As a result of curating and presenting David Gale’s Peachy Coochy Nites at ArtsAdmin’s Toynbee Studios Bar throughout the last year I have built up a personal arsenal of presentations. Since first writing about the Nites here I’ve been compering the evenings – they comprise a selection of six presenters each delivering a show that is precisely 6 minutes and 40 seconds long – and, on every occasion, composing a show myself. After the first couple I realised that I seemed to be pursuing certain themes in my own cooches and decided to let that tendency lead the subsequent shows.
Readers who can’t be bothered to use the links are advised that Peachy Coochy is an image and text format in which the presenter chooses 20 images which are projected for 20 seconds each. Each image is accompanied by 20 seconds of speech. Thus the thoroughly predictable 6 mins and 40 secs duration. Within this strict format imaginative variation is welcomed. I intro and outro the acts. We do six acts in an evening. There’s a laptop, a data projector, a big screen and a P.A.
The choice of topic is entirely down to the presenter, as is the approach to the format – as long as it doesn’t stray from the 20 x 20 bottom line. One of the things that makes the Nites hum is the remarkable range of the responses – people have sung, a physicist explained quantum theory, a bloke memorised his lines, shut his eyes and more or less managed to get the timings right, a naked artist fired surgical staples into her arm…
What couldn’t be predicted at the outset of the Nites was the sheer ingenuity and variety of responses to a decidedly severe set of constraints. Strength Weekly holds no torch for corsetry but it must be said that a tight squeeze really does bring out the best in everyday creative folk.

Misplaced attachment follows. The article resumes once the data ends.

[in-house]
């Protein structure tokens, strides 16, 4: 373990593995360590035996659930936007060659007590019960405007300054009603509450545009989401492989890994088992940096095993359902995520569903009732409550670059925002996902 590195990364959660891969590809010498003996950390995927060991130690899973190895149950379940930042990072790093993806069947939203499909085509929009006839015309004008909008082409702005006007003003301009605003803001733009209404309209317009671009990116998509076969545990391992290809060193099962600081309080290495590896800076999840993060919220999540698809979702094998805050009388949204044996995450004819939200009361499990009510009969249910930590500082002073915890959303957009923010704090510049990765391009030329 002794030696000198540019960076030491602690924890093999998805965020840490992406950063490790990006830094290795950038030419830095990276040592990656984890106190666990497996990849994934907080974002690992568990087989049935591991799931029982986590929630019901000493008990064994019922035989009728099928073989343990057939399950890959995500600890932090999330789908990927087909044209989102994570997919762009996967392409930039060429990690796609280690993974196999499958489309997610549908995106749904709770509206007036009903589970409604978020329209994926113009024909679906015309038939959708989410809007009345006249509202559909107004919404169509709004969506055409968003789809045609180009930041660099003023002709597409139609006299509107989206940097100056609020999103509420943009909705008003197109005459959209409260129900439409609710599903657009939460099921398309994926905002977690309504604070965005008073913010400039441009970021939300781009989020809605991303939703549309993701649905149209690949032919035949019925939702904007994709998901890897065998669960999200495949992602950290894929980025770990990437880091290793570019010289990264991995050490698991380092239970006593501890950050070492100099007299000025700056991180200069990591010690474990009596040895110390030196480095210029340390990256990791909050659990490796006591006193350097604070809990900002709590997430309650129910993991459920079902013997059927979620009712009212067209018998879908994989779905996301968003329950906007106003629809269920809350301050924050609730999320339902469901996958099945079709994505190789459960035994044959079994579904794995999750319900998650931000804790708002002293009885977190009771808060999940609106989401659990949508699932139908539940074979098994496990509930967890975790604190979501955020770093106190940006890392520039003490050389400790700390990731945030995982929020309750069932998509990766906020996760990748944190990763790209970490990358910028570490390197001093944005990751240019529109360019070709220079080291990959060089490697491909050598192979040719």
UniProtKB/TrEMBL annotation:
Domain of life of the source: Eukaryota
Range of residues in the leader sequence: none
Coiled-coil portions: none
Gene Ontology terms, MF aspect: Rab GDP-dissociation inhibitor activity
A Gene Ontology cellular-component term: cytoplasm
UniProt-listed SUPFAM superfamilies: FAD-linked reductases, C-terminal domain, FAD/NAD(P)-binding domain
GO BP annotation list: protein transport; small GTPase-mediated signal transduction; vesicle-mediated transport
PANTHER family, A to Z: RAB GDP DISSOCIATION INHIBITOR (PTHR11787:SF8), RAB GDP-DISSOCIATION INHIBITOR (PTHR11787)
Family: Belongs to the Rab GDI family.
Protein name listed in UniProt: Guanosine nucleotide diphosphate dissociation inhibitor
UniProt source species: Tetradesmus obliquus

When I was asked to contribute to The City Wakes festival in Cambridge last month it occurred to me that I was in a good position to inflict on an audience a novel variant on the basic Peachy Coochy structure. I had six linked presentations at my disposal and could, therefore, join them up into one continuous 40 minute item. The density of my recurring allusions to the search for identity in a vaporising culture, Celine Dion, the virtues of the collapsible plastic packing case as a model for the early 21st Century self, Hertfordshire, doppelgangers, Amy Winehouse, fascist youth gangs, handguns, pale children and the sheer ugliness of Birmingham would become so much more telling in the new long form, I felt.
Installed in a room beside a church, I explained to the audience the history and background of the Cooch. I had on my lectern a glass of water to moisten the voice that would soon be committed to establishing the World Image & Text Delivery Duration Record. Would I get through with an acceptable URE (Unforced Reading Error) count? Would I neglect vocal expression in the interests of good diction?
Forty minutes later I realised how touching it was to have imagined that I would reach across for the glass of water, convey it to my mouth, sip from it then replace it without disrupting the minerally cruel and inexorable procession of images through the PowerPoint apparatus.
It was an entirely dry run. The URE count wasn’t too bad – as one moves through the texts (nothing less than three and a half lines per image, nothing more than five) relations between the mind and one’s lips acquire an unforeseen tension and curious brick-like structures randomly obstruct the normally fluid lingual/labial interplay.
Because I didn’t invent it I can say that Peachy Coochy is a dandy little format – some presenters talk directly to the image, maintaining a literal connection, others caption humorously, some go for elliptical counterpoint and the film-maker John Smith asked to be mailed 20 images that he had never seen before then composed a connecting text titled ‘On the Relationship Between Power and Powder’.
And finally, The Guardian, here, catches a Peachy Coochy gig hosted and produced by Forced Entertainment.